The child was eventually captured by the hunters and shown to King George I, who had been in the area on a visit to Hanover. The king was fascinated by the strange wild child, who seemed to display no knowledge of speech, walked about on all fours snarling, and would eat only raw vegetables and meat, as well as whole birds that he would tear apart, refusing to eat any bread or cooked food whatsoever. The untamed child showed a particular fondness for sucking the sap out of various twigs and branches, which he would strip of their bark before feasting on their contents. So enthralled with the wild boy was King George I that he had him shipped off to England to be studied by the most well respected academics. It was upon his arrival in England in 1726 that he would come to be known as Peter the Wild Boy, as well as simply Wild Peter.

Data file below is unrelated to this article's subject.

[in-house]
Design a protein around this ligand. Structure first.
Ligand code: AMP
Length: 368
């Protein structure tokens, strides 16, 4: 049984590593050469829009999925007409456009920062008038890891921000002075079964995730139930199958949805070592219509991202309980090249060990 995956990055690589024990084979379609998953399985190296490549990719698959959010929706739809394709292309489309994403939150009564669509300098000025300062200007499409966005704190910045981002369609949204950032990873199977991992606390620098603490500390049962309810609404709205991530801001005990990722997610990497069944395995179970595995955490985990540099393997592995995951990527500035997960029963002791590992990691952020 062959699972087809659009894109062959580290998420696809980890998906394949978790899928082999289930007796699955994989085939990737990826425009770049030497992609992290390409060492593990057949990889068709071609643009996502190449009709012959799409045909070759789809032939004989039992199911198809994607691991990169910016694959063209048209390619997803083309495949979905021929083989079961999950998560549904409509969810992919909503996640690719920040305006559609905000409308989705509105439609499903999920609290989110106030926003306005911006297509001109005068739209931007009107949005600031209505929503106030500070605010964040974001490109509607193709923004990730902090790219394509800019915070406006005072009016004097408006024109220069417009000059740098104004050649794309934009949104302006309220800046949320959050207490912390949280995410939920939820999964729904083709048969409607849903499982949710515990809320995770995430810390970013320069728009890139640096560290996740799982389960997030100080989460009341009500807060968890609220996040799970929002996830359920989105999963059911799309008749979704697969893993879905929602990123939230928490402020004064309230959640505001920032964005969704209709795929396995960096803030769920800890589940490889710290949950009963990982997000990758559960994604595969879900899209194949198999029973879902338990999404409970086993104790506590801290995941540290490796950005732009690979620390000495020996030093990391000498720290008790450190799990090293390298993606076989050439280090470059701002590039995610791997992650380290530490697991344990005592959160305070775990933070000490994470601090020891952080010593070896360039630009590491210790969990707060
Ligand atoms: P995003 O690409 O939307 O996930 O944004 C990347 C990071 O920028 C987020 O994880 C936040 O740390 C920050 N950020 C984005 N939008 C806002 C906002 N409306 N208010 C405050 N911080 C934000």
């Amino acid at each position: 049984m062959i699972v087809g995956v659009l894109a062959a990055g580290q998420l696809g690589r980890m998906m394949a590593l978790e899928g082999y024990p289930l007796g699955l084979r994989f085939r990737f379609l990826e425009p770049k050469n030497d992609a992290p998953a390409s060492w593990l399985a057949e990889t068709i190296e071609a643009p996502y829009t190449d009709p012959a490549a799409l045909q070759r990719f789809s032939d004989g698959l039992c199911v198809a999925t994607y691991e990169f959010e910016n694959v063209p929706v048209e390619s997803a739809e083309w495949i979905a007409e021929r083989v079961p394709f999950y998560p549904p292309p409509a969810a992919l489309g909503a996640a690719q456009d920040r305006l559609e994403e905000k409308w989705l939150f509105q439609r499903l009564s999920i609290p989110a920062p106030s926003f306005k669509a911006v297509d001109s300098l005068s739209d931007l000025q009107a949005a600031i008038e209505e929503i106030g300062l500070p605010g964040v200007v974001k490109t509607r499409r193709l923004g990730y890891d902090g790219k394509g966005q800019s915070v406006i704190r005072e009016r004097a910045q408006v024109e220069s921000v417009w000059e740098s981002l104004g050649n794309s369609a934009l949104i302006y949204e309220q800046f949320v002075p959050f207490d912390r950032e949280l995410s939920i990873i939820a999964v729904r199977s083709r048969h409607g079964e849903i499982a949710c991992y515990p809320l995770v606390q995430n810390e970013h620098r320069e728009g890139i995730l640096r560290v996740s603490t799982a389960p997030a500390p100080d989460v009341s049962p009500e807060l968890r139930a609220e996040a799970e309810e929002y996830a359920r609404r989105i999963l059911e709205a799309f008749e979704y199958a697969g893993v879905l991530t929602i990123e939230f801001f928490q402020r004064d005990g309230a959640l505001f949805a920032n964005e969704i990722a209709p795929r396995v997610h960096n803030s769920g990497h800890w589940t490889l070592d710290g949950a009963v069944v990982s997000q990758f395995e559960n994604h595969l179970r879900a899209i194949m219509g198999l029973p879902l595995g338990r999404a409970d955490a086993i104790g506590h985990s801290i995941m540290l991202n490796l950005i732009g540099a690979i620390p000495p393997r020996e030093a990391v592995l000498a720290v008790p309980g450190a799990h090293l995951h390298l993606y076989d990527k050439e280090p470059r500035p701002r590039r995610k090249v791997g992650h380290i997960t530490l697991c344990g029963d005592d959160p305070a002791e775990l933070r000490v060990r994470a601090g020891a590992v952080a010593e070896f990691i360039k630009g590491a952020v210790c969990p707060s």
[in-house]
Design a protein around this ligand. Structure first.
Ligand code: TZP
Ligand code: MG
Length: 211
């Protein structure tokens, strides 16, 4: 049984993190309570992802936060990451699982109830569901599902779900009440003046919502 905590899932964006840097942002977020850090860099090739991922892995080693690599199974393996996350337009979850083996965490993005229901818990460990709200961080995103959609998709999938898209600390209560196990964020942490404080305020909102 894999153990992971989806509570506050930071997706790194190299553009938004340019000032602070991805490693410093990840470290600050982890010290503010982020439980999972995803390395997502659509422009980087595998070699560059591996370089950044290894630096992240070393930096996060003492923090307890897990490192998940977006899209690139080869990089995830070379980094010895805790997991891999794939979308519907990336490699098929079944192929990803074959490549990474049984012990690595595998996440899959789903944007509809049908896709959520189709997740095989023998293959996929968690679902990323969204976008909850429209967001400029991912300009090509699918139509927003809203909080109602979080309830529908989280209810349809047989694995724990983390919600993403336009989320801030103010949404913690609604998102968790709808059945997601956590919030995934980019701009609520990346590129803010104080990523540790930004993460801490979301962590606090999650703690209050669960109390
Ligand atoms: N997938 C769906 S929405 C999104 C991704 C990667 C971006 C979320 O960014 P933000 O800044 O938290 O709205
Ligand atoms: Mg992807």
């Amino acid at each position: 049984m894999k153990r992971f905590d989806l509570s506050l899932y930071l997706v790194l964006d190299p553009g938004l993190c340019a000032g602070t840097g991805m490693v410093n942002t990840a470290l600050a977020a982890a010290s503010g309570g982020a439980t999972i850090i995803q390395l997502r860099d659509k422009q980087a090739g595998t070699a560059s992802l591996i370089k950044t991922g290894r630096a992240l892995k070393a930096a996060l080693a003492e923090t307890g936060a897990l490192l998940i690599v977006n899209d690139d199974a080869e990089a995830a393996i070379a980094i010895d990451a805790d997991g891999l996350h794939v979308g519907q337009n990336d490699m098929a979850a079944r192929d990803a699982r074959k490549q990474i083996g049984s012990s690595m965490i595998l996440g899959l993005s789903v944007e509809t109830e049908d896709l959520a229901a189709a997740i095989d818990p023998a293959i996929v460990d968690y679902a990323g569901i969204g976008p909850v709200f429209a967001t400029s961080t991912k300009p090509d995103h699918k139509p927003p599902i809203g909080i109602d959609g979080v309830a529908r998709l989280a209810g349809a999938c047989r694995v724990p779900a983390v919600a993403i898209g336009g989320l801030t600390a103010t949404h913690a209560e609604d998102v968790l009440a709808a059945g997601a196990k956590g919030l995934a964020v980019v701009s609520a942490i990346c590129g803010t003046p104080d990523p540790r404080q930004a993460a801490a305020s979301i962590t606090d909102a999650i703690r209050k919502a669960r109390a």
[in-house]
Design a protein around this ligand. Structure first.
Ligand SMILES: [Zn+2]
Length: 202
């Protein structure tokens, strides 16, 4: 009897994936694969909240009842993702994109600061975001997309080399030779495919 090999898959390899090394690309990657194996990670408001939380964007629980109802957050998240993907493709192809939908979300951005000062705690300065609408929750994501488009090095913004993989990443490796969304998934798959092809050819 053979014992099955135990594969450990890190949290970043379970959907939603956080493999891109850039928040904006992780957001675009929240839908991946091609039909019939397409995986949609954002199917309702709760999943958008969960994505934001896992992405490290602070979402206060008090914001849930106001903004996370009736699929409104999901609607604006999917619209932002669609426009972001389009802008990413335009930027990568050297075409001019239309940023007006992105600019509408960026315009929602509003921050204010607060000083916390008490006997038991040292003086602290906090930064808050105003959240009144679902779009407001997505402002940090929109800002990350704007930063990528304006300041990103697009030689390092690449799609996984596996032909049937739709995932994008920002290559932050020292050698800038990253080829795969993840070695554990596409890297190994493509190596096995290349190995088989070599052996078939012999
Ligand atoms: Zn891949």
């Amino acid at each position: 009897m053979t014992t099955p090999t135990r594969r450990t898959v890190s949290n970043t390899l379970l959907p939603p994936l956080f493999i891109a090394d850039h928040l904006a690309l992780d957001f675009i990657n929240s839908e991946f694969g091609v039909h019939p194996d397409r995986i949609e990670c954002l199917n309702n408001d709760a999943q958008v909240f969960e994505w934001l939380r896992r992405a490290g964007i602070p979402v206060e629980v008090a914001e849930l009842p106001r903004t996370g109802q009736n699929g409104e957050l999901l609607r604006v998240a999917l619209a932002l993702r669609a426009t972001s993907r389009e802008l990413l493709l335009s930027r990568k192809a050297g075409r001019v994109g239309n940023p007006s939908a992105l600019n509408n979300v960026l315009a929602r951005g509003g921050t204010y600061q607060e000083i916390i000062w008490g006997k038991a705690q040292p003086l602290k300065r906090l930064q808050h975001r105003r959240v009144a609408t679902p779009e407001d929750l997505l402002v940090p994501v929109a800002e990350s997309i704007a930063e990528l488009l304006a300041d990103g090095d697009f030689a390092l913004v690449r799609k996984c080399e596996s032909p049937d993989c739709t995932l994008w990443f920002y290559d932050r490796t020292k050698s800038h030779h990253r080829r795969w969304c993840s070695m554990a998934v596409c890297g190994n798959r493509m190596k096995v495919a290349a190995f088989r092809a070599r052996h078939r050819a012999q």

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Wild Peter

Peter quickly became somewhat of a celebrity, often shown to visiting nobles at the King’s court, and people would flock to gawk at him as he scurried around on all fours and generally acted like a wild animal. He is said to have had no interest in table manners, he always slept on the floor, and was known to constantly try to pick people’s pockets. Wild Peter also purportedly displayed an almost superhumanly acute sense of hearing and smell. Attempts to educate Peter in general failed. He was unable to be house trained, or to be taught manners, how to read or write, how to sleep in a bed, or to be civilized in any way, and indeed he refused to ever say a single word, instead communicating through growls, snorts, and snarls. Due to the fact that he wandered off on several occasions, Peter was fitted with a brass and leather collar inscribed with his name in order to identify him if he got lost again.